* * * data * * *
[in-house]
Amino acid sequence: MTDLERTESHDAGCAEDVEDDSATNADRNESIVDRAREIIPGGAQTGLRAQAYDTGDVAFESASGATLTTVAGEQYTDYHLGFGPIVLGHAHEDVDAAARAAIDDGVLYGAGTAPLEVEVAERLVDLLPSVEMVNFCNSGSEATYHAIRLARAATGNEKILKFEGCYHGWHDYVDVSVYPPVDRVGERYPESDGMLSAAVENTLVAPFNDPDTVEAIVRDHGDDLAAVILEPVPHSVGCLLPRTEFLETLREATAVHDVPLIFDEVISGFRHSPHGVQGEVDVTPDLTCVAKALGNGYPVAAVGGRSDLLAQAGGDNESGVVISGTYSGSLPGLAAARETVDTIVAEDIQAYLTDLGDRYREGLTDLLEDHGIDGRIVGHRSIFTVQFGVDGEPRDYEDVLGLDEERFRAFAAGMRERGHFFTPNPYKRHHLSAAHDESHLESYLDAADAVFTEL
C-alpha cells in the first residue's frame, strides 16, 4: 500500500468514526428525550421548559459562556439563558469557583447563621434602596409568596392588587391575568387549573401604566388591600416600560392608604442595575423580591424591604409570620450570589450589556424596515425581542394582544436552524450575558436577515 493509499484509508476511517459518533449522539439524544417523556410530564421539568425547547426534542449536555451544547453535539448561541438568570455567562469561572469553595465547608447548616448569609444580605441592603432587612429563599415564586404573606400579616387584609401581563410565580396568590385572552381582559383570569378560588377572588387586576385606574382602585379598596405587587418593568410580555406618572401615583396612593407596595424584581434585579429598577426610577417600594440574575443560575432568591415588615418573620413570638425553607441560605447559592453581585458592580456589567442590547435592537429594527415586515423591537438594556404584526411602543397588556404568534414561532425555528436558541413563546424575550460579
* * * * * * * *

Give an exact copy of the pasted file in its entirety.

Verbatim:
[in-house]
Amino acid sequence: MTDLERTESHDAGCAEDVEDDSATNADRNESIVDRAREIIPGGAQTGLRAQAYDTGDVAFESASGATLTTVAGEQYTDYHLGFGPIVLGHAHEDVDAAARAAIDDGVLYGAGTAPLEVEVAERLVDLLPSVEMVNFCNSGSEATYHAIRLARAATGNEKILKFEGCYHGWHDYVDVSVYPPVDRVGERYPESDGMLSAAVENTLVAPFNDPDTVEAIVRDHGDDLAAVILEPVPHSVGCLLPRTEFLETLREATAVHDVPLIFDEVISGFRHSPHGVQGEVDVTPDLTCVAKALGNGYPVAAVGGRSDLLAQAGGDNESGVVISGTYSGSLPGLAAARETVDTIVAEDIQAYLTDLGDRYREGLTDLLEDHGIDGRIVGHRSIFTVQFGVDGEPRDYEDVLGLDEERFRAFAAGMRERGHFFTPNPYKRHHLSAAHDESHLESYLDAADAVFTEL
C-alpha cells in the first residue's frame, strides 16, 4: 500500500468514526428525550421548559459562556439563558469557583447563621434602596409568596392588587391575568387549573401604566388591600416600560392608604442595575423580591424591604409570620450570589450589556424596515425581542394582544436552524450575558436577515 493509499484509508476511517459518533449522539439524544417523556410530564421539568425547547426534542449536555451544547453535539448561541438568570455567562469561572469553595465547608447548616448569609444580605441592603432587612429563599415564586404573606400579616387584609401581563410565580396568590385572552381582559383570569378560588377572588387586576385606574382602585379598596405587587418593568410580555406618572401615583396612593407596595424584581434585579429598577426610577417600594440574575443560575432568591415588615418573620413570638425553607441560605447559592453581585458592580456589567442590547435592537429594527415586515423591537438594556404584526411602543397588556404568534414561532425555528436558541413563546424575550460579